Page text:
The Dismemberment Plan Get 'Old and Funky'
The Washington, D.C. band played a high-energy show at Eyeclopes for Fredericksburg All Ages' sixth anniversary.
The Dismemberment Plan returned to Fredericksburg Saturday night for the first time since 1998 for a wild show that included a crowd-surfing mannequin, some new funky music and a rare "Spotsylvania Whooper."
"Oh my God, this is so fun," said singer and guitarist Travis Morrison during the show at Eyeclopes on Charlotte Street in downtown. Fredericksburg All Ages (FAA) hosted the event for its sixth anniversary. The nonprofit FAA's mission is to empower youth to be leaders and provide them with affordable and safe musical experiences.
FAA founder Adam Bray said the band wanted an "intimate and sweaty" show and that's exactly what they got. The band played for about 200 people in a n interesting and intimate setting inside local artist Ken Crampton's drum-centric business decorated with female mannequin heads, flags, flying frogs and fish.
The Washington, D.C.-based quartet played Fredericksburg several times from 1994 to 1998 when the band first formed. What pushed them into stardom was opening for Pearl Jam (2000) and sharing the top bill with Death Cab for Cutie (2002). The Dismemberment Plan released its most-popular album, Emergency & I, in 1999.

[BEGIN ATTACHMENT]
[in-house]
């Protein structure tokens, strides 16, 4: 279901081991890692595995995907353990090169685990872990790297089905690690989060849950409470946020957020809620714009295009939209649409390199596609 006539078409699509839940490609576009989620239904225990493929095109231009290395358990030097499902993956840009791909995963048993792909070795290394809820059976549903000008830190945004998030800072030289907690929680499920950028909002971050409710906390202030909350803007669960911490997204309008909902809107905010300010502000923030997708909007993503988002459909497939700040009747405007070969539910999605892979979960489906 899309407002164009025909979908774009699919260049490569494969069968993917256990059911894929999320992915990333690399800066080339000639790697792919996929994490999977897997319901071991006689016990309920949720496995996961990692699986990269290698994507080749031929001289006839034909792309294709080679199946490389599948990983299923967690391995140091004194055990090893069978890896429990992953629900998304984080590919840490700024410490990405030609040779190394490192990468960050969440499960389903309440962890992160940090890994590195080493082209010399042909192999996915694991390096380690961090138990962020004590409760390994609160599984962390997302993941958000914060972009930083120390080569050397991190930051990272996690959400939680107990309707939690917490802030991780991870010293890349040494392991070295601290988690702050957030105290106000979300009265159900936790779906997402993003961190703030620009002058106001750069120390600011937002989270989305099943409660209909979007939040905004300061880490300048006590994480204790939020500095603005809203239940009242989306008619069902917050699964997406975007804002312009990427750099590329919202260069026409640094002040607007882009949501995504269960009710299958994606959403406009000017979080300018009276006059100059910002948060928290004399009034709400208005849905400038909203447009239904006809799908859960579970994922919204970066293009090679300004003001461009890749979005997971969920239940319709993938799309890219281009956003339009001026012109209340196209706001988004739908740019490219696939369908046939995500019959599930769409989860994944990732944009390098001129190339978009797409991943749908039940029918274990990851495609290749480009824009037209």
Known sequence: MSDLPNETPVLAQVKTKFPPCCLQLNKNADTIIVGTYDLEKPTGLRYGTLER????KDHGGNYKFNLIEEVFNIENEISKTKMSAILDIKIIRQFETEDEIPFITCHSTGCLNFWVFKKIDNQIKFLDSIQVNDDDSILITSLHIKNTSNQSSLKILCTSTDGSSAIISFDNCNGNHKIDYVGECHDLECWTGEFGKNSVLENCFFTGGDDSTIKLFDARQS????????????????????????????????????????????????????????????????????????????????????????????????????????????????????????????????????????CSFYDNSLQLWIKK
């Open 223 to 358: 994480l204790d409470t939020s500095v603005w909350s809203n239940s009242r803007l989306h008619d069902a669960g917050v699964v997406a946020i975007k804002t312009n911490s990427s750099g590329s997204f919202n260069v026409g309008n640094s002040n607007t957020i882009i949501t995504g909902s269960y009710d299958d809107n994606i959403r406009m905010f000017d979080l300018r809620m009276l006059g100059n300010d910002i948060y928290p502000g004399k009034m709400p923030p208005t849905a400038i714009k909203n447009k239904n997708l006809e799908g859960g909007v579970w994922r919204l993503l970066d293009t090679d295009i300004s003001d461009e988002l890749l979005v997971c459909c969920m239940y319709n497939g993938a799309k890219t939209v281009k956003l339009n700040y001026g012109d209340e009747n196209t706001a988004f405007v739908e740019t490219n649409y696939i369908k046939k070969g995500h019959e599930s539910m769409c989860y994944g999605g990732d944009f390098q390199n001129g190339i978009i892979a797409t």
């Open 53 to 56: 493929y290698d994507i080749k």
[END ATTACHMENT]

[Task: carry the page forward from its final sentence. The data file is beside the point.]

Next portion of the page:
The band plays some funk and rock, with hints of punk, indie rock, hip-hop and even some post-hardcore rage. They picked a mix of old and new songs. Morrison said one of the new songs, "White Collar, White Trash," is about growing up in Northern Virginia.
During the show, someone in the crowd yelled that The Dismemberment Plan got "old and funky."
"Well, someday you guys can look forward to being old and funky, too," Morrison said to the crowd of mostly teenagers.
During another new song a person in the crowd made whooping calls, and Morrison dubbed him "The Spotsylvania Whooper."
Highlights were the songs "Back and Forth, "Ellen and Ben," and an explosive "OK, Joke's Over" that shook the floors. The band was obviously enjoying the night and Morrison took to the mic several times for his witty humor breaks. The crowd loved the banter, often yelling jokes back at him.
The band performed for more than an hour and came back for a three-song encore.
Fredericksburg All Ages veterans, The Bassic Needs, played its last show as a band and opened for The Dismemberment Plan. The Cat Be Damned also played at the show.
"It's probably the favorite show I've ever played," said The Bassic Needs lead singer Will Hamilton during his show.
Travis Morrison-vocals and guitar